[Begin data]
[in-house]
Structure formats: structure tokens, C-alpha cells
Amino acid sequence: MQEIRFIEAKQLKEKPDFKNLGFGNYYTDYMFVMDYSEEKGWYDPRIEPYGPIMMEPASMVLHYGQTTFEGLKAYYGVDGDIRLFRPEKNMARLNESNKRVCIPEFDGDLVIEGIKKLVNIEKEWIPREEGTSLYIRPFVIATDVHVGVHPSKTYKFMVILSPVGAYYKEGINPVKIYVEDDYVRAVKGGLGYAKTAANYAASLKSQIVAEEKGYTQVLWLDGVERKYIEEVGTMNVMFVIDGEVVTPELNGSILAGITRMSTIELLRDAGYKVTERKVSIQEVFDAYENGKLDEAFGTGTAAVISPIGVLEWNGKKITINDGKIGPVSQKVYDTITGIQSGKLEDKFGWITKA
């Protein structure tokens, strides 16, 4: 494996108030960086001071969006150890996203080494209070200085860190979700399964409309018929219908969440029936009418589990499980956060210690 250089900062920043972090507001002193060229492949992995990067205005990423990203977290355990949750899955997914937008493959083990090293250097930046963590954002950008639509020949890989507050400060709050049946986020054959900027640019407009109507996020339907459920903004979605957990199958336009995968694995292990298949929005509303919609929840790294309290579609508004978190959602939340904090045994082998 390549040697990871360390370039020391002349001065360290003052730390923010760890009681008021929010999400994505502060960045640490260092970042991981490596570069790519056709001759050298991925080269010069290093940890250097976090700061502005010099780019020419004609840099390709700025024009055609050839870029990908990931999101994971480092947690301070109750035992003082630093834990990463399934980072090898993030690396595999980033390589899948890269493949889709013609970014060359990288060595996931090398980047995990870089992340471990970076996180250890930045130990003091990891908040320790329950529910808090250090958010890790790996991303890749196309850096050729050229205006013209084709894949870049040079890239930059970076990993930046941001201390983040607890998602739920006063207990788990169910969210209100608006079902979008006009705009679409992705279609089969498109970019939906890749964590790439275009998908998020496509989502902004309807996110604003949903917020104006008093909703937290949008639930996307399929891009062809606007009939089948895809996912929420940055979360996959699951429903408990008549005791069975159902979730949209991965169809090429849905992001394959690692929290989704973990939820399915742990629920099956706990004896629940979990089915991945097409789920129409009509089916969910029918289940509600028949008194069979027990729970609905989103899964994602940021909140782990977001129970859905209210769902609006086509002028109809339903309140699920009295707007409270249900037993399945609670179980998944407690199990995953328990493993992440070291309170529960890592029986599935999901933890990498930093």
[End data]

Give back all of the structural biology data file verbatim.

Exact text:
[in-house]
Structure formats: structure tokens, C-alpha cells
Amino acid sequence: MQEIRFIEAKQLKEKPDFKNLGFGNYYTDYMFVMDYSEEKGWYDPRIEPYGPIMMEPASMVLHYGQTTFEGLKAYYGVDGDIRLFRPEKNMARLNESNKRVCIPEFDGDLVIEGIKKLVNIEKEWIPREEGTSLYIRPFVIATDVHVGVHPSKTYKFMVILSPVGAYYKEGINPVKIYVEDDYVRAVKGGLGYAKTAANYAASLKSQIVAEEKGYTQVLWLDGVERKYIEEVGTMNVMFVIDGEVVTPELNGSILAGITRMSTIELLRDAGYKVTERKVSIQEVFDAYENGKLDEAFGTGTAAVISPIGVLEWNGKKITINDGKIGPVSQKVYDTITGIQSGKLEDKFGWITKA
């Protein structure tokens, strides 16, 4: 494996108030960086001071969006150890996203080494209070200085860190979700399964409309018929219908969440029936009418589990499980956060210690 250089900062920043972090507001002193060229492949992995990067205005990423990203977290355990949750899955997914937008493959083990090293250097930046963590954002950008639509020949890989507050400060709050049946986020054959900027640019407009109507996020339907459920903004979605957990199958336009995968694995292990298949929005509303919609929840790294309290579609508004978190959602939340904090045994082998 390549040697990871360390370039020391002349001065360290003052730390923010760890009681008021929010999400994505502060960045640490260092970042991981490596570069790519056709001759050298991925080269010069290093940890250097976090700061502005010099780019020419004609840099390709700025024009055609050839870029990908990931999101994971480092947690301070109750035992003082630093834990990463399934980072090898993030690396595999980033390589899948890269493949889709013609970014060359990288060595996931090398980047995990870089992340471990970076996180250890930045130990003091990891908040320790329950529910808090250090958010890790790996991303890749196309850096050729050229205006013209084709894949870049040079890239930059970076990993930046941001201390983040607890998602739920006063207990788990169910969210209100608006079902979008006009705009679409992705279609089969498109970019939906890749964590790439275009998908998020496509989502902004309807996110604003949903917020104006008093909703937290949008639930996307399929891009062809606007009939089948895809996912929420940055979360996959699951429903408990008549005791069975159902979730949209991965169809090429849905992001394959690692929290989704973990939820399915742990629920099956706990004896629940979990089915991945097409789920129409009509089916969910029918289940509600028949008194069979027990729970609905989103899964994602940021909140782990977001129970859905209210769902609006086509002028109809339903309140699920009295707007409270249900037993399945609670179980998944407690199990995953328990493993992440070291309170529960890592029986599935999901933890990498930093």